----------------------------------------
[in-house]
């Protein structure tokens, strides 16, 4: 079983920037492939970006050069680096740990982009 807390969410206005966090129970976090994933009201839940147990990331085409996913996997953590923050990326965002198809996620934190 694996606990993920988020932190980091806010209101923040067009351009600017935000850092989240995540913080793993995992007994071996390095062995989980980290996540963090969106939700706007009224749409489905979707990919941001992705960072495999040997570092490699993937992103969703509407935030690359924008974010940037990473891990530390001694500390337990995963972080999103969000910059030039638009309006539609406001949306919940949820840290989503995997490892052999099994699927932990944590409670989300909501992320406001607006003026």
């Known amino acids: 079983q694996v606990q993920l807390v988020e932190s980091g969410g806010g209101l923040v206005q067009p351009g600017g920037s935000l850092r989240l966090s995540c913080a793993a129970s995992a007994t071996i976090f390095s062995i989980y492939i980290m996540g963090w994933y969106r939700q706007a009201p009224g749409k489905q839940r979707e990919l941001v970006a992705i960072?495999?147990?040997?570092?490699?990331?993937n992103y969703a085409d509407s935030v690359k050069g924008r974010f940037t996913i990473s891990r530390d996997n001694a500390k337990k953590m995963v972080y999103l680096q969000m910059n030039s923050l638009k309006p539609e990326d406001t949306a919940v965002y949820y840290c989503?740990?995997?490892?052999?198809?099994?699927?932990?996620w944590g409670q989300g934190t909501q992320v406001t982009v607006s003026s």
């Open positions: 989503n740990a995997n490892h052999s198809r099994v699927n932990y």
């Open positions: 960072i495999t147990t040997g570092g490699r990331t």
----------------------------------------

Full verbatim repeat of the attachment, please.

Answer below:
[in-house]
């Protein structure tokens, strides 16, 4: 079983920037492939970006050069680096740990982009 807390969410206005966090129970976090994933009201839940147990990331085409996913996997953590923050990326965002198809996620934190 694996606990993920988020932190980091806010209101923040067009351009600017935000850092989240995540913080793993995992007994071996390095062995989980980290996540963090969106939700706007009224749409489905979707990919941001992705960072495999040997570092490699993937992103969703509407935030690359924008974010940037990473891990530390001694500390337990995963972080999103969000910059030039638009309006539609406001949306919940949820840290989503995997490892052999099994699927932990944590409670989300909501992320406001607006003026």
């Known amino acids: 079983q694996v606990q993920l807390v988020e932190s980091g969410g806010g209101l923040v206005q067009p351009g600017g920037s935000l850092r989240l966090s995540c913080a793993a129970s995992a007994t071996i976090f390095s062995i989980y492939i980290m996540g963090w994933y969106r939700q706007a009201p009224g749409k489905q839940r979707e990919l941001v970006a992705i960072?495999?147990?040997?570092?490699?990331?993937n992103y969703a085409d509407s935030v690359k050069g924008r974010f940037t996913i990473s891990r530390d996997n001694a500390k337990k953590m995963v972080y999103l680096q969000m910059n030039s923050l638009k309006p539609e990326d406001t949306a919940v965002y949820y840290c989503?740990?995997?490892?052999?198809?099994?699927?932990?996620w944590g409670q989300g934190t909501q992320v406001t982009v607006s003026s």
């Open positions: 989503n740990a995997n490892h052999s198809r099994v699927n932990y």
């Open positions: 960072i495999t147990t040997g570092g490699r990331t």